No matter how much we want to believe that our garden is thriving because of our pottery choices, the actual secret to a thriving garden is nutritious soil. And while we all may know that, it’s difficult to know where to start.
Fertilizer sections in stores are often confusing.The shelves are piled with boxes and bottles, the floors covered with bags stacked high. Labels identify the package contents as “rose food” or “vegetable food,” “lawn fertilizer” or “general-purpose fertilizer.” In some stores, you’ll find bins filled with bone meal, blood meal, or hoof-and-horn meal?all labeled “natural fertilizer.”
So, what does all of this mean? Don’t worry, because regardless of the type of fertilizer you’re looking for, what’s important to understand is the N-P-K ratio, or the percentage the product contains by volume of nitrogen (chemical symbol N), phosphorus (P), and potassium (K). A 16-16-16 fertilizer, for example, contains 16% nitrogen, 16% phosphorus, and 16% potassium. A 25-4-2 formulation contains 25% nitrogen, 4% phosphorus, and 2% potassium.
Not all fertilizers will have every component, if any is missing, the ratio will show a zero for that nutrient (a 12-0-0 fertilizer contains nitrogen but no phosphorus or potassium, for instance).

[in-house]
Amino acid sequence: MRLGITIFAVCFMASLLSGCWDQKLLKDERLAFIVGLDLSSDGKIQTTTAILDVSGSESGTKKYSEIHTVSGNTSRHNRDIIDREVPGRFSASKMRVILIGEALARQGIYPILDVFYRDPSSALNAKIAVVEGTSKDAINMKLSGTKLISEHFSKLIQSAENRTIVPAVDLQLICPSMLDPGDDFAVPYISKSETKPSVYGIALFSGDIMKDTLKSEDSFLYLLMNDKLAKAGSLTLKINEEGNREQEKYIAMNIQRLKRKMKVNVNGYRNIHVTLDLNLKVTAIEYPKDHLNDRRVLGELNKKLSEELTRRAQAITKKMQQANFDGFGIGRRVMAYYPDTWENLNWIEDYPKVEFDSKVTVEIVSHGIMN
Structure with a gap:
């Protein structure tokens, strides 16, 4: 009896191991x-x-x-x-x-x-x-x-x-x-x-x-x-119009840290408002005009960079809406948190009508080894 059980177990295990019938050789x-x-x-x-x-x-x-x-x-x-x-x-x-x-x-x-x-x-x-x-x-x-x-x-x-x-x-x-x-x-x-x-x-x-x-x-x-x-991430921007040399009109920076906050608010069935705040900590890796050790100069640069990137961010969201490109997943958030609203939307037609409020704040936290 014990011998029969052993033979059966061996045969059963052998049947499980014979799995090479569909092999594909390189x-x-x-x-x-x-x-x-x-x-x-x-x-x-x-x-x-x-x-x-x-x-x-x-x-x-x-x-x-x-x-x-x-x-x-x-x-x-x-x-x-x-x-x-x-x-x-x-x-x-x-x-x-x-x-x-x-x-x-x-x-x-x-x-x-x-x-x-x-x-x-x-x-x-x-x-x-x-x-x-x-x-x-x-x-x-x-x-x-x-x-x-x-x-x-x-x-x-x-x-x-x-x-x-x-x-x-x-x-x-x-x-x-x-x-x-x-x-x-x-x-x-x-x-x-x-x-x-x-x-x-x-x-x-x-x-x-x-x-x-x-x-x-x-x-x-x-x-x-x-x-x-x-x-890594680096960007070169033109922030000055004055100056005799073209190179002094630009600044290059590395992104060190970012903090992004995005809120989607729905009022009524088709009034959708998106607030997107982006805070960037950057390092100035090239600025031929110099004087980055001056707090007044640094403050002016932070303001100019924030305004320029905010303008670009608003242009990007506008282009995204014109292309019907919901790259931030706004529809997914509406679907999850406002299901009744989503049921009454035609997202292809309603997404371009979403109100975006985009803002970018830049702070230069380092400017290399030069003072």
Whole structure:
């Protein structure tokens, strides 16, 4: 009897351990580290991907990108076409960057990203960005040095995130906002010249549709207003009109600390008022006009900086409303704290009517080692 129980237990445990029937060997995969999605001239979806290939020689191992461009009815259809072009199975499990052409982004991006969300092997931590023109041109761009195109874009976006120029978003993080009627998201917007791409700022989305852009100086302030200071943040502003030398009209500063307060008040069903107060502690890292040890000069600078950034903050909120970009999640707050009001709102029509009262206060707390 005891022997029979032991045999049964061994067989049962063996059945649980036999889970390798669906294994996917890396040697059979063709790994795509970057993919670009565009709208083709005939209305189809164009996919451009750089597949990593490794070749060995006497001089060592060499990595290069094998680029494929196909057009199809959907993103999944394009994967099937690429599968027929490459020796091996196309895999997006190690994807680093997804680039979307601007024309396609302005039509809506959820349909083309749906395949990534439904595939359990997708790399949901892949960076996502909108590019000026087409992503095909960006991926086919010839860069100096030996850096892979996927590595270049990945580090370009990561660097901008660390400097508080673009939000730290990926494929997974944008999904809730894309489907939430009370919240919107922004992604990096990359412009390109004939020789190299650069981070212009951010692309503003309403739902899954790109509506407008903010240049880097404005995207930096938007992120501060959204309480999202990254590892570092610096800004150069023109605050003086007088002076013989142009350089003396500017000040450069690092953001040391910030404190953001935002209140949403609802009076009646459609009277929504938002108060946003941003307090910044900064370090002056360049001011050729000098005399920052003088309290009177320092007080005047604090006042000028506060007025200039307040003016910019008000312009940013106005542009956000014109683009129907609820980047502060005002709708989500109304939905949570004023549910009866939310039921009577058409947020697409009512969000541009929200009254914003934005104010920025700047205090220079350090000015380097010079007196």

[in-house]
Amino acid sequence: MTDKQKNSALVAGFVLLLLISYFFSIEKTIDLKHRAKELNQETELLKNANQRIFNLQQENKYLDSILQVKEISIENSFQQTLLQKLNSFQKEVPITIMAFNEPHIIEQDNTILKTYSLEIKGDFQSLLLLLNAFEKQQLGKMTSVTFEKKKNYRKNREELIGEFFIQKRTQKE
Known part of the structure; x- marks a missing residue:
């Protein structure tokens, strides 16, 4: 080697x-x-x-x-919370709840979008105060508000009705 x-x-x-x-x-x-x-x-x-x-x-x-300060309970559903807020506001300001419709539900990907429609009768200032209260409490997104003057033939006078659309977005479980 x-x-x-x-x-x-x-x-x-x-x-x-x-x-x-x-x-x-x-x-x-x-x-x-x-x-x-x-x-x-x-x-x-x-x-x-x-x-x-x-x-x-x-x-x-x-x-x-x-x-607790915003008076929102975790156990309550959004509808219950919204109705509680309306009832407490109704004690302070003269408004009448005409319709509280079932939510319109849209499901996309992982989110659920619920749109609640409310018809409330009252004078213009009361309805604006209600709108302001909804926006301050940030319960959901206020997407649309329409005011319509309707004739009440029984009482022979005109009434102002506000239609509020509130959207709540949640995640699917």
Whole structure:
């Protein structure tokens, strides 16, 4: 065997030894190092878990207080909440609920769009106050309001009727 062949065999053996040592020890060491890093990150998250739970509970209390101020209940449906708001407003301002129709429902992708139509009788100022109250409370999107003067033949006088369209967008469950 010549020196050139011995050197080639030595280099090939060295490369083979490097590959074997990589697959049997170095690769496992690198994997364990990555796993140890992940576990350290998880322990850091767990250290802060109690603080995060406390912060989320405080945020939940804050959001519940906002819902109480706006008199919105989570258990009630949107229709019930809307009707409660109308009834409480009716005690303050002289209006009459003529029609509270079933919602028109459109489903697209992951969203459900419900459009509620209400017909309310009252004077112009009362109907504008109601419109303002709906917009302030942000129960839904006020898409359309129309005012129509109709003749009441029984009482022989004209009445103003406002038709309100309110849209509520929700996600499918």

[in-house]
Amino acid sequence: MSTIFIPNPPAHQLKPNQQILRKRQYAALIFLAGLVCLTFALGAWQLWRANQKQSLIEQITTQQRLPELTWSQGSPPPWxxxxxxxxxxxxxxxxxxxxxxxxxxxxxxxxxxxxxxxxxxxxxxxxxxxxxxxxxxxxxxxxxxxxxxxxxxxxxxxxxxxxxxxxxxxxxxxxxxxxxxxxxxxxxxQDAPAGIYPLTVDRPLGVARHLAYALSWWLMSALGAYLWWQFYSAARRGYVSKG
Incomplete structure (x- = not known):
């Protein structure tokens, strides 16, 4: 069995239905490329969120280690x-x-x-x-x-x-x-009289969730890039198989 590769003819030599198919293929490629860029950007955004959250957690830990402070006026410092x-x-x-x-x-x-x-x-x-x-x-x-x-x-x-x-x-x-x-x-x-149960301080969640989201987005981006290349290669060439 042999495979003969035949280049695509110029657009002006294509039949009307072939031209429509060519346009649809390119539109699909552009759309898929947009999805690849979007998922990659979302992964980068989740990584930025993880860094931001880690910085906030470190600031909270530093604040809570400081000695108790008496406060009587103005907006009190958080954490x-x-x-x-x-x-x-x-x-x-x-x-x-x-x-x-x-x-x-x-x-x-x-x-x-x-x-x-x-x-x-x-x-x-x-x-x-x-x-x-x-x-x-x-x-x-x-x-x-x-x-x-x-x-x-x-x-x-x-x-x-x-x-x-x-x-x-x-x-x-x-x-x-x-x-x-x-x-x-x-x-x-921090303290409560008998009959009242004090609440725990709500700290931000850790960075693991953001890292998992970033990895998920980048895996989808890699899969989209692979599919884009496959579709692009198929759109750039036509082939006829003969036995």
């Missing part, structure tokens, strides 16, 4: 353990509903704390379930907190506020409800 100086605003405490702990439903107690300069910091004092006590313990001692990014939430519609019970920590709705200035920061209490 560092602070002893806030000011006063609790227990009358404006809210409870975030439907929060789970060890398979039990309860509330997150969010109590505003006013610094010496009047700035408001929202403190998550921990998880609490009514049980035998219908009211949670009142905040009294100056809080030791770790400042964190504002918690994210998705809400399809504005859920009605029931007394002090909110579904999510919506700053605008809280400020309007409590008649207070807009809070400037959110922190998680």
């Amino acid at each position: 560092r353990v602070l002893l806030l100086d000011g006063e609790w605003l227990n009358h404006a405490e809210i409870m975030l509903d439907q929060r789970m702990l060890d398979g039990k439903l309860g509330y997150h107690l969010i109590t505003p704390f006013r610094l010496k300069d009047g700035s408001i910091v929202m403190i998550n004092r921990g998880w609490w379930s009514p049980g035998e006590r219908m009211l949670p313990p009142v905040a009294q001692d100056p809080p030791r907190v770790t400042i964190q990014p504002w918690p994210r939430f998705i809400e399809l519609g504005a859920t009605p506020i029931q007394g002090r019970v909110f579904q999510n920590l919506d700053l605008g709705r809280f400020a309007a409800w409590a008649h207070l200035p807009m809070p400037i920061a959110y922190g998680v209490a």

Buying the Right Fertilizer for Your Garden
There are inexpensive soil test kits sold at garden centers that can give you a rough idea of the nutrients in the soil around your garden. By revealing which nutrients may be lacking, such tests can help you choose an appropriate fertilizer.
A fertilizer containing all three major nutrients is called a complete fertilizer; a product that supplies only one or two of them is an incomplete fertilizer. And despite what you may initially think, it’s not always wise to use a complete fertilizer in every area of your garden. If the soil contains sufficient phosphorus and potassium and is deficient only in nitrogen (as is often the case), you can save money by using an incomplete fertilizer that provides nitrogen alone (ammonium sulfate, for example). In some instances, complete fertilizers can even harm a plant. Exotic, bright-blossomed proteas, for example, will not tolerate excess phosphorus: they die.
For the casual gardener, a general-purpose fertilizer should work just fine. These mixtures often contain either equal amounts of each major nutrient (N-P-K ratio 12-12-12, for example) or a slightly higher percentage of nitrogen than of phosphorus and potassium (such as a 12-8-6 product). In this way they’re designed to support plants through every step of the growing process.
Certain plants, like camellias and rhododendrons to name a couple, have their own kind of fertilizer designed specifically for them. It’s not necessary to purchase because a general-purpose would work just fine, but it is something to consider.
Will you be incorporating fertilizer into your gardening routine this year? Let us know in the comments!
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